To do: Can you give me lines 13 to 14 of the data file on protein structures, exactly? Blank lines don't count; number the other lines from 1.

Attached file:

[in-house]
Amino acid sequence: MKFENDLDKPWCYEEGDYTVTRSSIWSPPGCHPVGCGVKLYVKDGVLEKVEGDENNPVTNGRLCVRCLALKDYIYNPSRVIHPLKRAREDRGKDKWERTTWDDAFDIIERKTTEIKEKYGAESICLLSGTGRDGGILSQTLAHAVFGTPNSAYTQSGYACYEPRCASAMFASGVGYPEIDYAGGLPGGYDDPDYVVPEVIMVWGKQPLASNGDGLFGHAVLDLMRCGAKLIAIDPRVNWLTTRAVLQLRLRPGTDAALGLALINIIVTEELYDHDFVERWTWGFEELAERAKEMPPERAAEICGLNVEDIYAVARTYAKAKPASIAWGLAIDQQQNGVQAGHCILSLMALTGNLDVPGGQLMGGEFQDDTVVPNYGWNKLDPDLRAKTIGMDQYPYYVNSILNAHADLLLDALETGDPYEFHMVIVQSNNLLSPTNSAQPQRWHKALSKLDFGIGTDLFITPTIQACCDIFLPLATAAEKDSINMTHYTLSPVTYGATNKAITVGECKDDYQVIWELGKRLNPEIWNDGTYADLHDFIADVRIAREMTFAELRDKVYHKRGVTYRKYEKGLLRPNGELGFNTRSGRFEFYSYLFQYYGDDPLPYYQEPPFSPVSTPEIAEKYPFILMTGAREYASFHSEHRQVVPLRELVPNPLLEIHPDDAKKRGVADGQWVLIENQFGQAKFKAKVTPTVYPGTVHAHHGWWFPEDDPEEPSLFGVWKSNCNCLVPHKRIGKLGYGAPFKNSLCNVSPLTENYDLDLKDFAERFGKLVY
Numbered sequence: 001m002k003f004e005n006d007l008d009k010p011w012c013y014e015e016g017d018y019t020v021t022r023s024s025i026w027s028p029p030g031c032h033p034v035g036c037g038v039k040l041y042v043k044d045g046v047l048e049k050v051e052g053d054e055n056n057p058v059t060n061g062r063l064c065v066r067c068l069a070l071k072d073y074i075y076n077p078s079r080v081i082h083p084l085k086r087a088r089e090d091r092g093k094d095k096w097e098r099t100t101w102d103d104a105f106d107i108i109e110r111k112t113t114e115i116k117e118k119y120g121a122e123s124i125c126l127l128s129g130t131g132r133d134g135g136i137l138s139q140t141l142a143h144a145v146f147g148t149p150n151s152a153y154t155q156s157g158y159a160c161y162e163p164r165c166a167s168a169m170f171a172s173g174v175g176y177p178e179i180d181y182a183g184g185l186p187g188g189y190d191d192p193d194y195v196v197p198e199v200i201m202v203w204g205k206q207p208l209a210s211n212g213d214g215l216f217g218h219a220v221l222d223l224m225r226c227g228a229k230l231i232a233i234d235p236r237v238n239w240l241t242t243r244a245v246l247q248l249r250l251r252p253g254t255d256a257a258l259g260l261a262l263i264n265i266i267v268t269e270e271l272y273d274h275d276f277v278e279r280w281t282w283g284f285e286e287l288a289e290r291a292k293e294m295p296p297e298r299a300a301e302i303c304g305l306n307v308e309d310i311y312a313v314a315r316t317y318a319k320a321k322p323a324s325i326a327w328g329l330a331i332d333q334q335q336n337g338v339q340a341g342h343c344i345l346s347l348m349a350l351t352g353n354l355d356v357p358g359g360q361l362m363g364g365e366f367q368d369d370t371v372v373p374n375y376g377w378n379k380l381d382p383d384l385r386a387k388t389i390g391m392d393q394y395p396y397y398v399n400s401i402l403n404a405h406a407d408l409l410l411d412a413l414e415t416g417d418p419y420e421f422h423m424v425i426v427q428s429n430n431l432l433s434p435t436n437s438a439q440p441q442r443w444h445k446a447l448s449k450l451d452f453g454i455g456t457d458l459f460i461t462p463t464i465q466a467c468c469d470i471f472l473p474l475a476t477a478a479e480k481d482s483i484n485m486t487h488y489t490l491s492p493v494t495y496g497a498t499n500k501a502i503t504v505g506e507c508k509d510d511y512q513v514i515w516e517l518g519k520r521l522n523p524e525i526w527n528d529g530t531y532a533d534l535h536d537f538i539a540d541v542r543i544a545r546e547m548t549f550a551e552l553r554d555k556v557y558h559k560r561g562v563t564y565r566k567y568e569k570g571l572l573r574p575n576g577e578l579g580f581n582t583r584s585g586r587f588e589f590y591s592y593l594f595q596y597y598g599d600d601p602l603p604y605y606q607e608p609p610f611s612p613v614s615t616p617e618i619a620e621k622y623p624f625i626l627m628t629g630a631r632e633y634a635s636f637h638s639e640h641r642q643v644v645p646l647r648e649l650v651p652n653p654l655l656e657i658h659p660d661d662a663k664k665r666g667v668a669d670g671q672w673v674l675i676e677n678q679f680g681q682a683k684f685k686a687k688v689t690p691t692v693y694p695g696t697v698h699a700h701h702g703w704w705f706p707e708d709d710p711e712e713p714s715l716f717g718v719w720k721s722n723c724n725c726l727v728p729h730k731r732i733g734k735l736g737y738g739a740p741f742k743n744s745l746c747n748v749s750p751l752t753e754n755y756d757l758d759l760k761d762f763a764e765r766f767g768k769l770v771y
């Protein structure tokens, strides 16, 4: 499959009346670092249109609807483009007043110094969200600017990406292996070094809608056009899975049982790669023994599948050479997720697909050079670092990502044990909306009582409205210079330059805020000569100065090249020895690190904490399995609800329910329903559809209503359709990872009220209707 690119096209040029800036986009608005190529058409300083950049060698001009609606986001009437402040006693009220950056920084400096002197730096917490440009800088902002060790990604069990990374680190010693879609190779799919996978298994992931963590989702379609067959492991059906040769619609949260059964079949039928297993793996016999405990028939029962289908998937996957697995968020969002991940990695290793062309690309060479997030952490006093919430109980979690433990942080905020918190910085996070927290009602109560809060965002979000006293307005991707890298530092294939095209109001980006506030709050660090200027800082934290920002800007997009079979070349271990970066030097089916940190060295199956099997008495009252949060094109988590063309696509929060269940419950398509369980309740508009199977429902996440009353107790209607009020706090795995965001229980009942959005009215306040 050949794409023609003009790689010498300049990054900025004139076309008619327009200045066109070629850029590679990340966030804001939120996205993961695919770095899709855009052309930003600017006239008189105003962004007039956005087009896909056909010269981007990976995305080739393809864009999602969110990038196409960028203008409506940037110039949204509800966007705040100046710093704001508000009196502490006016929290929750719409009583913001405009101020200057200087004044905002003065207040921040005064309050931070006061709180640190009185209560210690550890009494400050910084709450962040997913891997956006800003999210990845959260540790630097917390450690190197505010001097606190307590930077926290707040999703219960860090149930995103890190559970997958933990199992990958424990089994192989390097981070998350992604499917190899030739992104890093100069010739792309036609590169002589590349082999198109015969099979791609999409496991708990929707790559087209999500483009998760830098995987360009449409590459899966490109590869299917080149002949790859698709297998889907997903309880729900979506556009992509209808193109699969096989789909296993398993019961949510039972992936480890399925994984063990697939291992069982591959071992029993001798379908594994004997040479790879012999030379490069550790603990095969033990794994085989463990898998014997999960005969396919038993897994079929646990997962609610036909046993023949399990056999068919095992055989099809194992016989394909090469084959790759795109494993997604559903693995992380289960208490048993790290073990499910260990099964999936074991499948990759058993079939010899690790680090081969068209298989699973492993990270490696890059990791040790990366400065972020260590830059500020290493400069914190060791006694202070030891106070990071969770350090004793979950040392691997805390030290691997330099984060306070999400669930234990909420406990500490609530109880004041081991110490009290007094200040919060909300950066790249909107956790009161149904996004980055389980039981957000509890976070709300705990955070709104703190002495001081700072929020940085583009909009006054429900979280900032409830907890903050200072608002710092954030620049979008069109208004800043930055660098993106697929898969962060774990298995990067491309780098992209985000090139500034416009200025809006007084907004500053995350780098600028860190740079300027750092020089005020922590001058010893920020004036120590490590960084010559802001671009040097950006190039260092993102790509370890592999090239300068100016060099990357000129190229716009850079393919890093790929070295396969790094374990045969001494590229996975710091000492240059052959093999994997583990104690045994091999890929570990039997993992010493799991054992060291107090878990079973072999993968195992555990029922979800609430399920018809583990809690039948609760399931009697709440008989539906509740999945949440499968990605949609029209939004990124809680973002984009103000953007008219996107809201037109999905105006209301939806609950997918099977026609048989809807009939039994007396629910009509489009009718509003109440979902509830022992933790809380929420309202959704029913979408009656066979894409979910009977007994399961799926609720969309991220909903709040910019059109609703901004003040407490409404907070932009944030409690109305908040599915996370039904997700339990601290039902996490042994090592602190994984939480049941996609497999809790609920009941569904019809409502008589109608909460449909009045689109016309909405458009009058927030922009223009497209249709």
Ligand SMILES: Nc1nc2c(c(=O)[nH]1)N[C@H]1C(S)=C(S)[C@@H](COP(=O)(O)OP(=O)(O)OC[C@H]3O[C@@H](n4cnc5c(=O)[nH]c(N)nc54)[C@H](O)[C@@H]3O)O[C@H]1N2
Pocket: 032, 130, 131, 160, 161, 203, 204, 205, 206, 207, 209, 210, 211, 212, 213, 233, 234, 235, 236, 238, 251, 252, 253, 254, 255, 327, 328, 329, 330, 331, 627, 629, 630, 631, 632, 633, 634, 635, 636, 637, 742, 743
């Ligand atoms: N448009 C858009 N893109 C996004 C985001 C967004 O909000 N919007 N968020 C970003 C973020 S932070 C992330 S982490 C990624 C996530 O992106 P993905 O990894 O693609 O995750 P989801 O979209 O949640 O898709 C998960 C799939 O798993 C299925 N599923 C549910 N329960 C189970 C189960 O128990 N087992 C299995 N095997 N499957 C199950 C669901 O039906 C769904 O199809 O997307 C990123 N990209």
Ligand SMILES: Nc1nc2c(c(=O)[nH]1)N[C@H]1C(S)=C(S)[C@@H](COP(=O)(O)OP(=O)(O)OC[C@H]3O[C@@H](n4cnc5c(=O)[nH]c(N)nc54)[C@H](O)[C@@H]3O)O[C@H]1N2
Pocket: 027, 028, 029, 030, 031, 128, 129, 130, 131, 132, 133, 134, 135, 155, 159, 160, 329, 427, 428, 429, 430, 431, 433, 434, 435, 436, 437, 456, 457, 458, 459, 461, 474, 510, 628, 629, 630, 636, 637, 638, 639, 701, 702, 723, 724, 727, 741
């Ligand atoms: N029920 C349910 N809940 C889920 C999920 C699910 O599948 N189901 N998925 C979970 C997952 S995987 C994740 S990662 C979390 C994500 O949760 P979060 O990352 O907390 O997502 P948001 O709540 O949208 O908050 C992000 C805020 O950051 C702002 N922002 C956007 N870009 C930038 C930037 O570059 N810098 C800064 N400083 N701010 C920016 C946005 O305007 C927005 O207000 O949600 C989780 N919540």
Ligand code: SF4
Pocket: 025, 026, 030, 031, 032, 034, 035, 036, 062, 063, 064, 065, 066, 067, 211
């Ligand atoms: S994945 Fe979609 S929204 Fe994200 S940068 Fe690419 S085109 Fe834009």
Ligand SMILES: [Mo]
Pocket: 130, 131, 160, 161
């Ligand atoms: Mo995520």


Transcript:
């Ligand atoms: S994945 Fe979609 S929204 Fe994200 S940068 Fe690419 S085109 Fe834009």
Ligand SMILES: [Mo]